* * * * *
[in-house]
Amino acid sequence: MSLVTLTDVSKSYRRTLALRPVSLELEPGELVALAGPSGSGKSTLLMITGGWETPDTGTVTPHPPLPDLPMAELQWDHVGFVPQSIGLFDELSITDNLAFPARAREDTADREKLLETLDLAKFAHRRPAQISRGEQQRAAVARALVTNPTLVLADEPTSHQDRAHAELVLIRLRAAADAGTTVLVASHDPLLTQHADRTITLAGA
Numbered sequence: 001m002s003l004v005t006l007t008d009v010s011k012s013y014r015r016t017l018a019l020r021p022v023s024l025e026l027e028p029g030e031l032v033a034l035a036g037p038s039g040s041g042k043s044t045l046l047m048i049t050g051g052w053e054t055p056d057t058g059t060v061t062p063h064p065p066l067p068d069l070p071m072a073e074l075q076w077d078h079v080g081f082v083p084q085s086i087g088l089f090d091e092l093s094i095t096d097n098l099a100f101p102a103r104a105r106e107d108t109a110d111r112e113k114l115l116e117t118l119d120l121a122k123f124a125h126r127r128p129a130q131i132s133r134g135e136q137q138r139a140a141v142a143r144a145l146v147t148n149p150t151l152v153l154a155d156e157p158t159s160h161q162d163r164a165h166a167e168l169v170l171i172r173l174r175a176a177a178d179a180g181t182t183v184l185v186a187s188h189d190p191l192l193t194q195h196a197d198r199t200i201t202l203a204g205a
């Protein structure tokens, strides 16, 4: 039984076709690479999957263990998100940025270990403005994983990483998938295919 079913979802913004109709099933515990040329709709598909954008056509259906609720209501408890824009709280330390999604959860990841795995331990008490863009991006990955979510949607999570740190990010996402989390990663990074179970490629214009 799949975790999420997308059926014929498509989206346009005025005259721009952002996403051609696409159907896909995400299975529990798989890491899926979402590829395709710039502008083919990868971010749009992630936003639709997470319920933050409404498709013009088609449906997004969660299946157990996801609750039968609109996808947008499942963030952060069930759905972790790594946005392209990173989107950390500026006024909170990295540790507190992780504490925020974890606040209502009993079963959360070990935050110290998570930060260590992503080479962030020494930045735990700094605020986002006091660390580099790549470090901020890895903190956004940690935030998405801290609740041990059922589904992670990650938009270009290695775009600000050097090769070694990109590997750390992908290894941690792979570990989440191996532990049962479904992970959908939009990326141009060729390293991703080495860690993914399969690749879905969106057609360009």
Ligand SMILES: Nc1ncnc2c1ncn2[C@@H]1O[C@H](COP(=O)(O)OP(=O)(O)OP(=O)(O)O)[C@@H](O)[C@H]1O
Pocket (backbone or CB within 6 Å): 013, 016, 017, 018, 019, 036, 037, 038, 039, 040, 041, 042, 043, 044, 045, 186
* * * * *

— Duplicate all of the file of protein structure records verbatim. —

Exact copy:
[in-house]
Amino acid sequence: MSLVTLTDVSKSYRRTLALRPVSLELEPGELVALAGPSGSGKSTLLMITGGWETPDTGTVTPHPPLPDLPMAELQWDHVGFVPQSIGLFDELSITDNLAFPARAREDTADREKLLETLDLAKFAHRRPAQISRGEQQRAAVARALVTNPTLVLADEPTSHQDRAHAELVLIRLRAAADAGTTVLVASHDPLLTQHADRTITLAGA
Numbered sequence: 001m002s003l004v005t006l007t008d009v010s011k012s013y014r015r016t017l018a019l020r021p022v023s024l025e026l027e028p029g030e031l032v033a034l035a036g037p038s039g040s041g042k043s044t045l046l047m048i049t050g051g052w053e054t055p056d057t058g059t060v061t062p063h064p065p066l067p068d069l070p071m072a073e074l075q076w077d078h079v080g081f082v083p084q085s086i087g088l089f090d091e092l093s094i095t096d097n098l099a100f101p102a103r104a105r106e107d108t109a110d111r112e113k114l115l116e117t118l119d120l121a122k123f124a125h126r127r128p129a130q131i132s133r134g135e136q137q138r139a140a141v142a143r144a145l146v147t148n149p150t151l152v153l154a155d156e157p158t159s160h161q162d163r164a165h166a167e168l169v170l171i172r173l174r175a176a177a178d179a180g181t182t183v184l185v186a187s188h189d190p191l192l193t194q195h196a197d198r199t200i201t202l203a204g205a
């Protein structure tokens, strides 16, 4: 039984076709690479999957263990998100940025270990403005994983990483998938295919 079913979802913004109709099933515990040329709709598909954008056509259906609720209501408890824009709280330390999604959860990841795995331990008490863009991006990955979510949607999570740190990010996402989390990663990074179970490629214009 799949975790999420997308059926014929498509989206346009005025005259721009952002996403051609696409159907896909995400299975529990798989890491899926979402590829395709710039502008083919990868971010749009992630936003639709997470319920933050409404498709013009088609449906997004969660299946157990996801609750039968609109996808947008499942963030952060069930759905972790790594946005392209990173989107950390500026006024909170990295540790507190992780504490925020974890606040209502009993079963959360070990935050110290998570930060260590992503080479962030020494930045735990700094605020986002006091660390580099790549470090901020890895903190956004940690935030998405801290609740041990059922589904992670990650938009270009290695775009600000050097090769070694990109590997750390992908290894941690792979570990989440191996532990049962479904992970959908939009990326141009060729390293991703080495860690993914399969690749879905969106057609360009």
Ligand SMILES: Nc1ncnc2c1ncn2[C@@H]1O[C@H](COP(=O)(O)OP(=O)(O)OP(=O)(O)O)[C@@H](O)[C@H]1O
Pocket (backbone or CB within 6 Å): 013, 016, 017, 018, 019, 036, 037, 038, 039, 040, 041, 042, 043, 044, 045, 186